Butter a large mixing bowl and place in the dough, turning to coat. Cover with plastic wrap and set in a warm, draft free place for 2 hours or until doubled in size. Punch down and let sit for 5 to 10 minutes while you butter two loaf pans. Divide the dough in half and set a half in each pan. Let rise until doubled in bulk and over the edges of the pan, about 1 1/2 to 2 hours.

Preheat the oven to 425 degrees F. Set a dish with boiling water on the lower rack of the oven to provide steam. Brush the top of the loaves with water and then slash it three times diagonally across the top with a very sharp knife.

Place in the oven and immediately drop the temperature to 375 degrees F and bake for 20 minutes. Brush the top with cold water and bake for another 20 minutes. Remove the loaves from their pans and put directly on the oven rack for a final 20 minutes. When done, the bread will be darkly brown and sound hollow when tapped. Cool completely before slicing.

Sourdough Baguettes

This recipe comes from Father Dominic Garramone, OSB and his book Breaking Bread with Father Dominic.

Remember, the longer the sponge sits, the stronger the sour flavor will be. As I was planning to use some of the bread for sandwiches and the rest in garlic bread, I only had it sit for 24 hours.

Sourdough Baguettes

Sponge:
1 cup sourdough starter
1 1/2 cups warm water
2 tablespoons sugar
3 cups bread flour

Dough
1 teaspoon active dry yeast
1/4 cup warm water
2 teaspoons salt
1/2 teaspoon baking soda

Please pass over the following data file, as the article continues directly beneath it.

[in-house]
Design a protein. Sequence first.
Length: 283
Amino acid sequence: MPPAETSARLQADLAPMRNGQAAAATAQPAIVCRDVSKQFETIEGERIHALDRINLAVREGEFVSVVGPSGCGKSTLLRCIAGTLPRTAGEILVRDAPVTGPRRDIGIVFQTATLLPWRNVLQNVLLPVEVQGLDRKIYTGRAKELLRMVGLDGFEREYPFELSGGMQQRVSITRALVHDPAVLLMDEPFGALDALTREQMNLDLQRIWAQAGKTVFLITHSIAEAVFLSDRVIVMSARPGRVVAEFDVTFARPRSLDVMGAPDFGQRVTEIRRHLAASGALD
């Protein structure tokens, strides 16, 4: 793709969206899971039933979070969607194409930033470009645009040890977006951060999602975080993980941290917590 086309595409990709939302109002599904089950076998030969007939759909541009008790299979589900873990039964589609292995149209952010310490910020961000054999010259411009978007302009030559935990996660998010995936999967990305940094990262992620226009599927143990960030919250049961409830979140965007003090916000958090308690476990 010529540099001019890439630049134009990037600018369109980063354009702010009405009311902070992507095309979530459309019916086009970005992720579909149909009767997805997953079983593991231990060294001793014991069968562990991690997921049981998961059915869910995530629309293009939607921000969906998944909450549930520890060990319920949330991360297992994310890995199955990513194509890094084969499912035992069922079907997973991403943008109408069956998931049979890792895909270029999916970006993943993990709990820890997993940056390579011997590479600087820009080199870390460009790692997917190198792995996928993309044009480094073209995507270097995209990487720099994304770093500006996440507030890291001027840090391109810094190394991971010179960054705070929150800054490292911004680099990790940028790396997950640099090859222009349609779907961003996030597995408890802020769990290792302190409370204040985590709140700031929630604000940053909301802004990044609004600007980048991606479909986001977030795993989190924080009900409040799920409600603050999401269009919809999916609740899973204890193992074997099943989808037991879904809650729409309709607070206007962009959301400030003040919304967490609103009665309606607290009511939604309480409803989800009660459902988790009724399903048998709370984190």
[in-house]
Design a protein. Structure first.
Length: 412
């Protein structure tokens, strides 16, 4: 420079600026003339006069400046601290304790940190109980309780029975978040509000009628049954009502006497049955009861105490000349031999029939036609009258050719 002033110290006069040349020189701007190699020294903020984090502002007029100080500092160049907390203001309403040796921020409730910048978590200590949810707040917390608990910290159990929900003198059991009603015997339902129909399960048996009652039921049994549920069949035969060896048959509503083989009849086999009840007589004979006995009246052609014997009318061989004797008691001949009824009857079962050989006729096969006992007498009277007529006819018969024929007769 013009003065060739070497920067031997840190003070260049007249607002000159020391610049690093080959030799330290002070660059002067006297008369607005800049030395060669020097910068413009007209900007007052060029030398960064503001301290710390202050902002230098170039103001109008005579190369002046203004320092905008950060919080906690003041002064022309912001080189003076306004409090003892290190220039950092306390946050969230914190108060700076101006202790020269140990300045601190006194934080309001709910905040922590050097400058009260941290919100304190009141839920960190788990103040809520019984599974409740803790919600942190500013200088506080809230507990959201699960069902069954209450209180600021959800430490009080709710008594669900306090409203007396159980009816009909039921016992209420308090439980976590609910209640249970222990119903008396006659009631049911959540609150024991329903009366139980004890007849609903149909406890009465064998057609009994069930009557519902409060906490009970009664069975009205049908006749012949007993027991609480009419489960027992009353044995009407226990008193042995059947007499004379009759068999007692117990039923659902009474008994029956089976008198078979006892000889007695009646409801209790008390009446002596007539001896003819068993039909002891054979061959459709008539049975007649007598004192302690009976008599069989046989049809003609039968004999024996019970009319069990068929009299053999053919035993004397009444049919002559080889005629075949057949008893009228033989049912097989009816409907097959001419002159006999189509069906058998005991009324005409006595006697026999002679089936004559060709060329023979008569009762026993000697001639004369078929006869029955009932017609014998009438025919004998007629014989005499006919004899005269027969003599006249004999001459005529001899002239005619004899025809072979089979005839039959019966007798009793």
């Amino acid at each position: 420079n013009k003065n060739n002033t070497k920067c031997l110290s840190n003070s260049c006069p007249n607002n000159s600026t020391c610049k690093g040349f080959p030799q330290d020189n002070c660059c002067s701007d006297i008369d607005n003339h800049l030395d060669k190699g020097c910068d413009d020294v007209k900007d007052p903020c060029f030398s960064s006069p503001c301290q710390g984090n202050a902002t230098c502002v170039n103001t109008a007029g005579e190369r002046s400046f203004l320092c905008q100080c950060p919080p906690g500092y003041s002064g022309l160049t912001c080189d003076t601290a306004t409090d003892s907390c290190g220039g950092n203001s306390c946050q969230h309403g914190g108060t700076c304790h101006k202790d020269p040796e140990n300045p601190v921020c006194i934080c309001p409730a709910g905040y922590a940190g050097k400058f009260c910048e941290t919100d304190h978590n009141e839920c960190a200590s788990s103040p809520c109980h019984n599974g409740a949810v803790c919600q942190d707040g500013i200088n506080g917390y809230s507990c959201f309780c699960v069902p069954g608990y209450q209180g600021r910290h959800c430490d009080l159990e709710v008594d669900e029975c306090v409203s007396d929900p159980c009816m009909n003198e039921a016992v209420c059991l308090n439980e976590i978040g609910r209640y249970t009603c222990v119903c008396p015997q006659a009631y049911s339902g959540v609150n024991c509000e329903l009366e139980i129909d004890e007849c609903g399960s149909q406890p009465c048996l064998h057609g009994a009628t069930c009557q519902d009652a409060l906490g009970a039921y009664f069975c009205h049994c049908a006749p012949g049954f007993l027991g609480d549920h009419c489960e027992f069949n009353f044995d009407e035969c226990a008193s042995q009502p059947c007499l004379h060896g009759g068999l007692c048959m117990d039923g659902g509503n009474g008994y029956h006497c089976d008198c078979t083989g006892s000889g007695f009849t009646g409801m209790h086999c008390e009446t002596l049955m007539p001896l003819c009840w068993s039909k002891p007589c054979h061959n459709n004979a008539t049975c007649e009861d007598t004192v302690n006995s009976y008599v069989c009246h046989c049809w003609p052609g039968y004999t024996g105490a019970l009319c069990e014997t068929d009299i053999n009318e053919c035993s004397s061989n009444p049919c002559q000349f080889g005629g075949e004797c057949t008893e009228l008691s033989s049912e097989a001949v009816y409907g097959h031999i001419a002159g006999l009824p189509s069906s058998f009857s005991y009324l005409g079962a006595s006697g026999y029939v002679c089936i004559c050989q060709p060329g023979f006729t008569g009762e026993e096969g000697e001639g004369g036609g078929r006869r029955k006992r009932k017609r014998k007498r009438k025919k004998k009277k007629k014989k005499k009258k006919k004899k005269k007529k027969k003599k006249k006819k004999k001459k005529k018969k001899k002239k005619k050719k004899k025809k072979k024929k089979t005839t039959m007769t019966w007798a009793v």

3 to 3 1/2 cups bread flour

Combine all the ingredients for the sponge together in a large bowl. Cover with plastic wrap and set on the counter to stand at room temperature for at least 24 hours and as long as 48.

When ready to begin, put the yeast in the warm water and allow to proof for 5 minutes. Place the sponge, the salt and baking soda in a stand mixer with the paddle attachment and stir. Add in the yeast and continue stirring until well mixed. Add one cup of bread flour and mix until incorporated. Trade to the dough hook and add another cup of bread flour. Once incorporated, add another cup of bread flour. You want the dough to only be slightly sticky. Add the final half cup of dough, if necessary. Knead on medium for 8 to 10 minutes.

Let the dough rest for 15 minutes. Divide in half and shape into a rectangle. Roll up and set into lightly greased dough pans. Cover and let rise for an hour or until doubled in size. Use a sharp knife to make diagonal cuts in the top.

While the bread rises, preheat the oven to 375 degrees F. Place a pan of warm water on the bottom rack. Bake the loaves from 35 to 45 minutes or until they sound hollow when tapped. Remove from pans and let cool on wire racks.

To make garlic bread, I roasted 8 cloves of garlic in a little olive oil. Once cool, I then mixed them with a softened stick of butter. I cut the baguette lengthwise and then smeared butter over both sides. Putting the loaf back together, I smeared the remaining garlic butter over the outside bottom and top before wrapping in aluminum foil and baking for 15 minutes at 350 degrees. I removed it from the oven, turned the broiler on high and opened the loaf, so the interior could toast about 4 minutes total.